How to configure attachment blocking in Outlook Web Access

SearchExchange.com contributor Serdar Yegulalp explains how to edit the registry to customize what email attachment file extensions are automatically blocked by Outlook Web Access.

Outlook Web Access (OWA) is configured "out of the box" to block certain kinds of email attachments. Like the full version of Microsoft Outlook, this attachment blocking works on two tiers.

The first tier of attachment blocking prohibits OWA access to the file entirely; the second tier prohibits the attached file from being accessed unless it's first saved to the client's hard drive or accessible network drive.

The first-tier blocks the usual suspects -- e.g., .EXE, .COM and .BAT file extensions. But it is possible for a file to be registered in both tiers at once by default (e.g., .COM). This means that if a file is removed from the first tier, it'll still be blocked by the second tier, which increases user protection.

The list of files in tier 1 is in the registry under: HKLM\System\CurrentControlSet\Services\MSExchangeWeb\OWA\Level1FileTypes as a REG_SZ entry.

Tier 2 files are in: HKLM\System\CurrentControlSet\Services\MSExchangeWeb\OWA\Level2FileTypes.

In each case, the file lists are stored as a simple comma-separated string and can be edited as needed.

Unless you have a specific reason for unblocking a particular email attachment type, it's best to leave the lists as they are. But it can be useful to know where the lists are in case you need to add a new attachment type to OWA's attachment-blocking lists.

Note that you can always work around this restriction by compressing the file as a .ZIP archive (either with or without password protection). Most clients -- even those without a third-party .ZIP extraction tool handy -- can work with .ZIP files.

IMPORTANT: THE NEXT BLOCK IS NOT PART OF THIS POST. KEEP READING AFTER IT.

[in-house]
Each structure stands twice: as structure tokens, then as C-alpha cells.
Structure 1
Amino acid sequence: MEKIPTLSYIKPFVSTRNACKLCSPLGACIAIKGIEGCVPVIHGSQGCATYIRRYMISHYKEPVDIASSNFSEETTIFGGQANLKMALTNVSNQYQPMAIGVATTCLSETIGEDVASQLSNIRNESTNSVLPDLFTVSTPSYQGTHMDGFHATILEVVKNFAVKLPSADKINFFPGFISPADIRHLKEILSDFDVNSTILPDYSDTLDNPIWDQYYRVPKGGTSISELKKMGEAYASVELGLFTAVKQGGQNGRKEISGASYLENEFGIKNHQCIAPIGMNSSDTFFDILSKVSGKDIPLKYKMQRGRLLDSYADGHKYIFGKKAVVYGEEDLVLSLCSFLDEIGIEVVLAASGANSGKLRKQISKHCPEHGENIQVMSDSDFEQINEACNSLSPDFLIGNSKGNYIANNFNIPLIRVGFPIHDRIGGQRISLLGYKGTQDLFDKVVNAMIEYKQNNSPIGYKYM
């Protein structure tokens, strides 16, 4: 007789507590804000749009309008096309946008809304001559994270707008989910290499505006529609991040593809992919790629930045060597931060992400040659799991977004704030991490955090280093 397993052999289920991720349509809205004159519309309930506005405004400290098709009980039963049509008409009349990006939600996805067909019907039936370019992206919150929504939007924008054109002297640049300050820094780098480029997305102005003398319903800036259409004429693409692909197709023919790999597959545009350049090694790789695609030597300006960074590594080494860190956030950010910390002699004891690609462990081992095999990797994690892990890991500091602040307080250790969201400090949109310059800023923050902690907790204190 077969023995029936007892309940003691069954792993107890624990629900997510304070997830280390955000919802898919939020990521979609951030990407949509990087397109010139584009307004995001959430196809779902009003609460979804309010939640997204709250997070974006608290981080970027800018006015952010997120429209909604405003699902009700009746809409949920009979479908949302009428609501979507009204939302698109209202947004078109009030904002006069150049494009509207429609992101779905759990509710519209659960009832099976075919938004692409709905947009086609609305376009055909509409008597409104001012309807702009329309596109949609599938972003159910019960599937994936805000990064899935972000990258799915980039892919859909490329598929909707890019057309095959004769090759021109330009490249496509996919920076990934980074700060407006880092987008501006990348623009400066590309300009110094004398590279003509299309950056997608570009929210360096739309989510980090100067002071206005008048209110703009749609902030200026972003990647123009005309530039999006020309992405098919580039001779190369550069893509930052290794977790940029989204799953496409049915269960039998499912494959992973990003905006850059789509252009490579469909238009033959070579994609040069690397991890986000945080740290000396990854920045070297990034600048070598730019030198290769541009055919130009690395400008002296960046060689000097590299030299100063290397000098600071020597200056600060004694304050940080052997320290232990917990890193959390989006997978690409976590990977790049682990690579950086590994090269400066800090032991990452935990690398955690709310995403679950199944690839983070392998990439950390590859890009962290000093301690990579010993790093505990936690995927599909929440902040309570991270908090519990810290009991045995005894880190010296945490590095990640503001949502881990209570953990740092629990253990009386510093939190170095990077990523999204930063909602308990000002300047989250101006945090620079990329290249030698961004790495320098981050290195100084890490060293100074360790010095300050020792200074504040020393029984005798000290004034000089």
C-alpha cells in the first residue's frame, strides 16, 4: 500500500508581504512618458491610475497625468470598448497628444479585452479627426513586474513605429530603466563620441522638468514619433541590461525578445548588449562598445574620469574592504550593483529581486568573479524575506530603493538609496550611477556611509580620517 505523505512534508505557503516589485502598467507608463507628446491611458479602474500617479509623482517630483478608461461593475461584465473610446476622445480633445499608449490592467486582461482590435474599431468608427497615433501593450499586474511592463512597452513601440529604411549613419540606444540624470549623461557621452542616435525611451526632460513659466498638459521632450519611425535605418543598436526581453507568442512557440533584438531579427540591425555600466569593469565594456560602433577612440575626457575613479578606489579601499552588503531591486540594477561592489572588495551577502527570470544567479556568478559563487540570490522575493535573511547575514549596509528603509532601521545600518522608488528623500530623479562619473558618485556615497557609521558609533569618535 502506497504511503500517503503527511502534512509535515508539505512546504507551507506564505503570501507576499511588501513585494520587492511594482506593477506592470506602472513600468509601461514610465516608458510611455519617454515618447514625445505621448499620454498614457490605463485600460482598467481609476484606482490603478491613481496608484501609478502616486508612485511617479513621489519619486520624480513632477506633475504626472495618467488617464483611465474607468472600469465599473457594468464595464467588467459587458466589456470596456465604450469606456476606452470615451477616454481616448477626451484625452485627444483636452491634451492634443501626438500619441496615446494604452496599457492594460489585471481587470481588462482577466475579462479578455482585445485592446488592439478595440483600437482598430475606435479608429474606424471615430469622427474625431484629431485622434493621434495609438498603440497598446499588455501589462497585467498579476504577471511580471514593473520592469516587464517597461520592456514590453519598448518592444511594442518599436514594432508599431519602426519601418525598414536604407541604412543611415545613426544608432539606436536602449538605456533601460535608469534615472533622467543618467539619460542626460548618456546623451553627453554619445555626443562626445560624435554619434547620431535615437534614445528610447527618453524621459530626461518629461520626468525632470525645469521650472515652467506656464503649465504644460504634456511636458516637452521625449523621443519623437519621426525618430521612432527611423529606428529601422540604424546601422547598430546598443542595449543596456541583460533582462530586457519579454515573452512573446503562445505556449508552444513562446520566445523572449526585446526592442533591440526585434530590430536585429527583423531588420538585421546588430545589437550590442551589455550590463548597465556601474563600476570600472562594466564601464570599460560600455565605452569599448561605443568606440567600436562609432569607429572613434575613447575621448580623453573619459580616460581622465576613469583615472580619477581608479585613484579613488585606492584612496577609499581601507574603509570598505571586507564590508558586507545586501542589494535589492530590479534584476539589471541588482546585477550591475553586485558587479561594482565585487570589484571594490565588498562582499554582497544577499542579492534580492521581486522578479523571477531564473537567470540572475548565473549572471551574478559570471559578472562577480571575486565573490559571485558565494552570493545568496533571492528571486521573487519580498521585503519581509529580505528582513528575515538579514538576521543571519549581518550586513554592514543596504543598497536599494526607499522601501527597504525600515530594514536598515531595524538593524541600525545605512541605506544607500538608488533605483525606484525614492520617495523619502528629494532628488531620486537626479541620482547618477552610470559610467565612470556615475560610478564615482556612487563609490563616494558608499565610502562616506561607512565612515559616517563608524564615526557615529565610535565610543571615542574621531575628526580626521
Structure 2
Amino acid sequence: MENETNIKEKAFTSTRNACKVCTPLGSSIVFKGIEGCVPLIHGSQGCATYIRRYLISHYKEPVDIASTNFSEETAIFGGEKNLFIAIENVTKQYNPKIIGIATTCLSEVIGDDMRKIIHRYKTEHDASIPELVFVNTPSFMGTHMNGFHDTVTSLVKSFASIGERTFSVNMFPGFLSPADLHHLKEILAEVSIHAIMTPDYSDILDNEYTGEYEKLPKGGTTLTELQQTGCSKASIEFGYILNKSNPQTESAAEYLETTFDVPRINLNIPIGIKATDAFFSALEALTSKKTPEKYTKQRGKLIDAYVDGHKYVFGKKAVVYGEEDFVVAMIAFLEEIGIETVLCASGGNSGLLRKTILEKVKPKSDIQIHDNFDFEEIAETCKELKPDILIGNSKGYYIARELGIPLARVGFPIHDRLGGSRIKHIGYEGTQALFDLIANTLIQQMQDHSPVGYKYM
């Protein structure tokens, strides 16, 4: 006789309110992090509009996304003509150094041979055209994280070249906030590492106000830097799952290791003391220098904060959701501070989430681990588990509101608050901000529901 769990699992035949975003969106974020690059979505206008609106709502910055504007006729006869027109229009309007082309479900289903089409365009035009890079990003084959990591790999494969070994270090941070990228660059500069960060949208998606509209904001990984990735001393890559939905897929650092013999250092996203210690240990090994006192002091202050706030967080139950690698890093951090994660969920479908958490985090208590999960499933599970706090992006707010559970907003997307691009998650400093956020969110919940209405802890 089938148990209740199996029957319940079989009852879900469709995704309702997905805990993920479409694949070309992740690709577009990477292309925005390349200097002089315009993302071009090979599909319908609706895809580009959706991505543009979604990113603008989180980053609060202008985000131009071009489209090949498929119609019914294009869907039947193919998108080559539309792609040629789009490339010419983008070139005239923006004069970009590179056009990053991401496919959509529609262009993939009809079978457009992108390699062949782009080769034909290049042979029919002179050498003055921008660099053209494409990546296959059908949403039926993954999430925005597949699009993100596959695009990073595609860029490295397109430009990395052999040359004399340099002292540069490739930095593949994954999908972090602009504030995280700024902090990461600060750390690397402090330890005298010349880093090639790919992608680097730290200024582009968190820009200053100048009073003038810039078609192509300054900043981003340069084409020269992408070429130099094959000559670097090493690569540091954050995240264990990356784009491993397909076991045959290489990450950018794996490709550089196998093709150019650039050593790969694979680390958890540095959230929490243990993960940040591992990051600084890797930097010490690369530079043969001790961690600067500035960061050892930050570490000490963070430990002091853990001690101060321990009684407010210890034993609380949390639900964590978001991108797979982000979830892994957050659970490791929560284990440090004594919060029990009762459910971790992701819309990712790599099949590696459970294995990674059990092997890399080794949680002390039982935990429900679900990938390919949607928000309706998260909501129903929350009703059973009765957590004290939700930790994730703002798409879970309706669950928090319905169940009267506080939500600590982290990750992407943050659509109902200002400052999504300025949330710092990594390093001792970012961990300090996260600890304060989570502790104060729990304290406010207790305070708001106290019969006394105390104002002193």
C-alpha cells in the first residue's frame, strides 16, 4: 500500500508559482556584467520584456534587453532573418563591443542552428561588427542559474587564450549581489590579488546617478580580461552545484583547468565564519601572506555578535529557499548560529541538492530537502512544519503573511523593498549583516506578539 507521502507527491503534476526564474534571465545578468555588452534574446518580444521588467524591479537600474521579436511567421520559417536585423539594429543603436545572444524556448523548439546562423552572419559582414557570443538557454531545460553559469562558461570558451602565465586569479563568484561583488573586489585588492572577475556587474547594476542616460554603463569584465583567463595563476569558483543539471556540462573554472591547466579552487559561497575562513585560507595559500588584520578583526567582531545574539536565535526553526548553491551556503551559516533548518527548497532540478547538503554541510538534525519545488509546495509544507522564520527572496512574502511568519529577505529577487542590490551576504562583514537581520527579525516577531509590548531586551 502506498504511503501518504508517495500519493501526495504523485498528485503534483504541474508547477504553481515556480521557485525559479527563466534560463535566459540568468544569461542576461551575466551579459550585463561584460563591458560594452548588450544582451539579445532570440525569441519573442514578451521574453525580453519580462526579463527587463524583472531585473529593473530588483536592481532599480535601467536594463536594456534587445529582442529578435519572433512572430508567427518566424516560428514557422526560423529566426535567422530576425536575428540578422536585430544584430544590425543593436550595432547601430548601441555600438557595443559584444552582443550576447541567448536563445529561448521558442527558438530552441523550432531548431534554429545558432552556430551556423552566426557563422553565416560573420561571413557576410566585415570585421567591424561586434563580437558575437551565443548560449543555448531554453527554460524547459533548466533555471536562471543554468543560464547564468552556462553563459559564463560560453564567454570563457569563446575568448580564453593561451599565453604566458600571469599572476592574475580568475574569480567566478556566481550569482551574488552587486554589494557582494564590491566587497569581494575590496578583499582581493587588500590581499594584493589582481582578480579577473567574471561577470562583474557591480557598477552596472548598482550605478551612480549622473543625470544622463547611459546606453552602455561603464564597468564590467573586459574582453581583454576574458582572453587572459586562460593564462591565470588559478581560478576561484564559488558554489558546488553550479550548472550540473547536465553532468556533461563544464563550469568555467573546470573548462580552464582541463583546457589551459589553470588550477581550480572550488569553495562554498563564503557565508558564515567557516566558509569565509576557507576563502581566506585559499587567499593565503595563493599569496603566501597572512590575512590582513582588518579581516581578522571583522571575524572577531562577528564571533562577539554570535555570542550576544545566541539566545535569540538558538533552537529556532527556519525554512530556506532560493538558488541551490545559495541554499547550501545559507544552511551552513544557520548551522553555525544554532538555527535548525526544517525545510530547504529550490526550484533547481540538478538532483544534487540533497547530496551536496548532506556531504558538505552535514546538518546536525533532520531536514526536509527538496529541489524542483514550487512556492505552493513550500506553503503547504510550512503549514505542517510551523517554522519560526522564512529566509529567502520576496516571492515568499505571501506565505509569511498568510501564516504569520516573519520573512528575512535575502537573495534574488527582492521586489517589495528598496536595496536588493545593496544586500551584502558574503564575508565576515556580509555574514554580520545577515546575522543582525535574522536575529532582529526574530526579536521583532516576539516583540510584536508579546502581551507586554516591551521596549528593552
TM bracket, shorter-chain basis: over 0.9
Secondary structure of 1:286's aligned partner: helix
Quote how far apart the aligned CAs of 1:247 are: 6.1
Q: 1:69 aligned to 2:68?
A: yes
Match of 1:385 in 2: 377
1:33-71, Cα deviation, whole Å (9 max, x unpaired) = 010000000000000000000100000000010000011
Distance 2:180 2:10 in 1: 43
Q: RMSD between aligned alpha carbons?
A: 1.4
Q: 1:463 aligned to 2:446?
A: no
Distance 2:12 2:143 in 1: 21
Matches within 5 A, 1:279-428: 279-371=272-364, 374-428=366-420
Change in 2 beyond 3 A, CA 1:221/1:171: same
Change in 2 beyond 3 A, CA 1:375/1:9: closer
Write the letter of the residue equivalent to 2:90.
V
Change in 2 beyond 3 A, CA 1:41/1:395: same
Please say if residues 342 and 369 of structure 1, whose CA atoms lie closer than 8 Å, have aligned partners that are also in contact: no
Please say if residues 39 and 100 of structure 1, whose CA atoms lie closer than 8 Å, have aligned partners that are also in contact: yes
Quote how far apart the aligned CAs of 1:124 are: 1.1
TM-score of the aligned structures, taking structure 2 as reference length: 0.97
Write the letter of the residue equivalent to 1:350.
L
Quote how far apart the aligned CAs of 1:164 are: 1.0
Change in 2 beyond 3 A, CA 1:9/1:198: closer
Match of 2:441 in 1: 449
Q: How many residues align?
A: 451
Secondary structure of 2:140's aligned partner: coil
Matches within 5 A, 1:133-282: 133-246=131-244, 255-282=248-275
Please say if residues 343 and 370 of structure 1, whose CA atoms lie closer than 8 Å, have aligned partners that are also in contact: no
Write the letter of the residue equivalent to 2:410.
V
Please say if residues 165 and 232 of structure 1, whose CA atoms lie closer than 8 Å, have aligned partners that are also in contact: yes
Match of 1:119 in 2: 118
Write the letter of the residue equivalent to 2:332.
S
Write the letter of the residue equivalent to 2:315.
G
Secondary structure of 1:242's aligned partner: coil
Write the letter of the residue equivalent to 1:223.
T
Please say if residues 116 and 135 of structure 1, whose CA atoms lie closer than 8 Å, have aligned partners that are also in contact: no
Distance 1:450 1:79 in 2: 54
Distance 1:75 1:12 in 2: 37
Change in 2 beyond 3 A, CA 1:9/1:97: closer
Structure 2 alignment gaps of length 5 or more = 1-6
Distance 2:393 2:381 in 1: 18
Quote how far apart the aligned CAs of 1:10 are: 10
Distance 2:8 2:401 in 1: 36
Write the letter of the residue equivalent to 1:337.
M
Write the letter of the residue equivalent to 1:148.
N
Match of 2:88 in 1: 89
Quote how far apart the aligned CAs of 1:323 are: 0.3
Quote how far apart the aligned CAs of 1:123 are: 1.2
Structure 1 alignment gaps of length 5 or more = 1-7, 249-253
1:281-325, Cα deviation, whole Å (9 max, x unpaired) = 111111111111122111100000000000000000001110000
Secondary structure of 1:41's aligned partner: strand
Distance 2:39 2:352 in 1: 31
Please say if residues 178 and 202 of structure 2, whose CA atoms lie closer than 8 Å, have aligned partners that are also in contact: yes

About the author: Serdar Yegulalp is editor of Windows Insight, a newsletter devoted to hints, tips, tricks, news and goodies for all flavors of Windows users.

MEMBER FEEDBACK TO THIS TIP

I make it a point to block all email file attachments that can be used to send anything harmful. This especially includes .ZIP files. I get more .ZIP file viruses than any other format these days. Our antivirus (CA E-Trust) strips out all specified email attachments and removes macros from Microsoft Office documents.

Currently, I allow most media file types up to a certain size. I will restrict them only if there is a danger from a new media exploit, such as the one that affected images on unpatched machines a while back.

I ask people to use WinRAR to compress and send me a file or ask them to rename the .ZIP extension to .ZIT. This ensures that email file attachments can't be opened unintentionally. We have not had a virus released in our organization since we have had external email access (1998 on Exchange 5).

It does annoy some people to have to go through a few extra steps to send us a file. But in the end it is worth it to have some peace of mind.
—Mike M.

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This was first published in March 2007

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